Day 11: Mission Creek (First Crossing) to Mission Creek (Trail Camp)
Trail miles: 226.2-239.9
May 13, 2019
After spending a glorious half hour in the Whitewater River yesterday, we hiked six hot miles before camping at the first crossing of Mission Creek. Riley (whom I’d met on the trail earlier in the day) and Fire Socks (whom I’d met when she arrived late in the evening at the summit hut on Mt. San Jacinto, a few days prior) were already spreading out their Tyvek groundcloths in a sandy wash near the creek. Although they attempted to persuade me to cowboy camp with them, I decided against it after sustaining three bites from three separate species of insect while eating dinner.
After the hot afternoon, I figured an early start would help ease the climb from just over 3000’ to just under 8000’ the following day. Just as I was setting my alarm for 4am, Danish picked his way barefoot across the rocks to inform me that he and the rest of the group were going to get up at 4 to beat the heat. We joked about the “hive mind” that had led us to the same wake up time, and then he said goodnight and wandered back toward his tent.
When I poked my head out of my tent in the morning, the Milky Way was still visible as a bright band stretching across the cloudless sky. I packed my things, and when we realized that only Danish, Hiccups, Hot Hands, Brightside and I had heeded the agreed upon alarm, we set off up Mission Creek.
The maps of this section of trail are out of date as of Valentine’s Day 2019, when a massive flood tore through Mission Creek Canyon and obliterated much of the 10 mile stretch of PCT that follows the creek up its drainage. In many places, the swollen creek eroded a new channel for itself, washing away trail tread in the process.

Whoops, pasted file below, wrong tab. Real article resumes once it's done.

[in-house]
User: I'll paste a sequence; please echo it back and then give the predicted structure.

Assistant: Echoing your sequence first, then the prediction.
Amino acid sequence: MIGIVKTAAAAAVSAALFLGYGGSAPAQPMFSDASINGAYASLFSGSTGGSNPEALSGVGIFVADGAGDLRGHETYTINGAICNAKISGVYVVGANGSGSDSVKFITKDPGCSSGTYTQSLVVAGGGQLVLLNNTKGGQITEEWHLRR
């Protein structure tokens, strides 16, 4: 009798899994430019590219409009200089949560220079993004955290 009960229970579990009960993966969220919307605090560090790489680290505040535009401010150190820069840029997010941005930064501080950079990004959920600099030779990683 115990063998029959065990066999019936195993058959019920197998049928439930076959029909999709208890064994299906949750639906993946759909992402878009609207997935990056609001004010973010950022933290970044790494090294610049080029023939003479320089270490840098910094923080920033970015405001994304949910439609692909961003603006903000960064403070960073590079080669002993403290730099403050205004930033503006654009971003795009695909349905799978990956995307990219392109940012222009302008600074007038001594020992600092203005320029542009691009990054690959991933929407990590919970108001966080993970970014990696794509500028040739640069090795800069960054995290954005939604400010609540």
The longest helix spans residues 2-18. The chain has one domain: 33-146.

Immediately after leaving camp, the trail disappeared from the bank into the dark creek. I plunged my feet into the water, making the first of what would become dozens of crossings.
Making our way upstream turned out to be (mostly) quite enjoyable. It was challenging in the pathfinding sense, but the routefinding was easy: we knew we had to travel to the head of the drainage to connect with the next intact portion of PCT; the only question was how best to get there. We took turns leading over boulder-strewn alluvial deposits and through stands of dense riparian brush, making our way steadily up-valley.
A couple hours into the morning, I began to feel very dizzy and drained of energy. I figured the symptoms might be side effects of the antibiotics I had been taking for my infected bug bite and ate a second Clif Bar and some fig bars, remembering that the pharmacist had advised me to take the pills with something in my stomach. When we stopped for a break, I leaned against a boulder and nearly fell asleep sitting up.
Over the next few hours, the dizziness went away, but the exhaustion remained. When we finally arrived at the section of the PCT that had escaped the wash out, I stopped for a shade break, filtered some water from a small creek, and ate an obscene amount of peanut butter in anticipation of the major climb ahead.
I memorized a few more Whitman lines as I worked my way up the exposed switchbacks, grateful for the cloud cover that kept me relatively cool. The next 4.5 miles felt unreasonably draining, even considering the 4,000 feet of elevation gain. When I finally arrived at the logical camping spot – the last water source for 15 miles – I promptly ate a large lunch and retreated to my tent for a nap.
I woke to the happy sound of friends chatting outside my tent. I joined them in the late afternoon sun to cook a 4:30pm couscous dinner. My hunger has really been picking up the last few days, and it feels as though I’ll barely have enough food to get into Big Bear the day after tomorrow. Running out of food as you walk into town is ideal; it means you carried the lightest possible food load. But there is a fine line between achieving this ideal and running out a bit too early, which can leave a hiker ravenous and grouchy. The next few days will reveal which side of that line I’ve fallen on during this section.
A bear cub near the trail. No mama bear in sight…
Heading to Mexico!